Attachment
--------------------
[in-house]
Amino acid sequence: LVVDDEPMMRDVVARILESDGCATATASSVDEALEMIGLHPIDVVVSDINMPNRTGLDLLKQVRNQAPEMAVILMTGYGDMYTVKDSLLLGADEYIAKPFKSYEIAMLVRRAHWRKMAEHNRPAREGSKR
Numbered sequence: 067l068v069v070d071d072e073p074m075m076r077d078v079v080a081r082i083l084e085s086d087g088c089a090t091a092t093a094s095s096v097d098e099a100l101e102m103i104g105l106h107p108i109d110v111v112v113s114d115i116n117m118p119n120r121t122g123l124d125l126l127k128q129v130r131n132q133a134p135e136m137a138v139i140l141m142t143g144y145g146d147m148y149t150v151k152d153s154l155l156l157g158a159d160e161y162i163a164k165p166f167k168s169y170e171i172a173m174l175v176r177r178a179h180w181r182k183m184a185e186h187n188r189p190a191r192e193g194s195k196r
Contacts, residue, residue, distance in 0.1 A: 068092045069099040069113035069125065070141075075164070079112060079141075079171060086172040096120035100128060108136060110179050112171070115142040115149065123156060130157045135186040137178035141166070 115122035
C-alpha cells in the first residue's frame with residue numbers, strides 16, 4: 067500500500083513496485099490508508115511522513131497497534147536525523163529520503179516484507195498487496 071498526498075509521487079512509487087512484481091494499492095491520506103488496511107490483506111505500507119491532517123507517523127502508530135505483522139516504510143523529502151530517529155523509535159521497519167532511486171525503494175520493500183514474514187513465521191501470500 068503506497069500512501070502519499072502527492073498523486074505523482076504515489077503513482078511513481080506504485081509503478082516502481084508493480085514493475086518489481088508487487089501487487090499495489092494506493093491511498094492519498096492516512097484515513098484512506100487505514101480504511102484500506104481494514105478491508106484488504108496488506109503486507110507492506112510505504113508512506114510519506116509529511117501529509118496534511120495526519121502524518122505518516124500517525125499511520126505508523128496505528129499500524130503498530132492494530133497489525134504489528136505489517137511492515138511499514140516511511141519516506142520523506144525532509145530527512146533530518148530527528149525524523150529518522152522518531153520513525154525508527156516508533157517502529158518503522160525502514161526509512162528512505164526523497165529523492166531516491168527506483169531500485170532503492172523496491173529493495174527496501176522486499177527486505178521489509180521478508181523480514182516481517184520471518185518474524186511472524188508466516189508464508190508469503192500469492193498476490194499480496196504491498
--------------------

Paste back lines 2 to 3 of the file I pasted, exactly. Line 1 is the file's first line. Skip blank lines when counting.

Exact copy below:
Amino acid sequence: LVVDDEPMMRDVVARILESDGCATATASSVDEALEMIGLHPIDVVVSDINMPNRTGLDLLKQVRNQAPEMAVILMTGYGDMYTVKDSLLLGADEYIAKPFKSYEIAMLVRRAHWRKMAEHNRPAREGSKR
Numbered sequence: 067l068v069v070d071d072e073p074m075m076r077d078v079v080a081r082i083l084e085s086d087g088c089a090t091a092t093a094s095s096v097d098e099a100l101e102m103i104g105l106h107p108i109d110v111v112v113s114d115i116n117m118p119n120r121t122g123l124d125l126l127k128q129v130r131n132q133a134p135e136m137a138v139i140l141m142t143g144y145g146d147m148y149t150v151k152d153s154l155l156l157g158a159d160e161y162i163a164k165p166f167k168s169y170e171i172a173m174l175v176r177r178a179h180w181r182k183m184a185e186h187n188r189p190a191r192e193g194s195k196r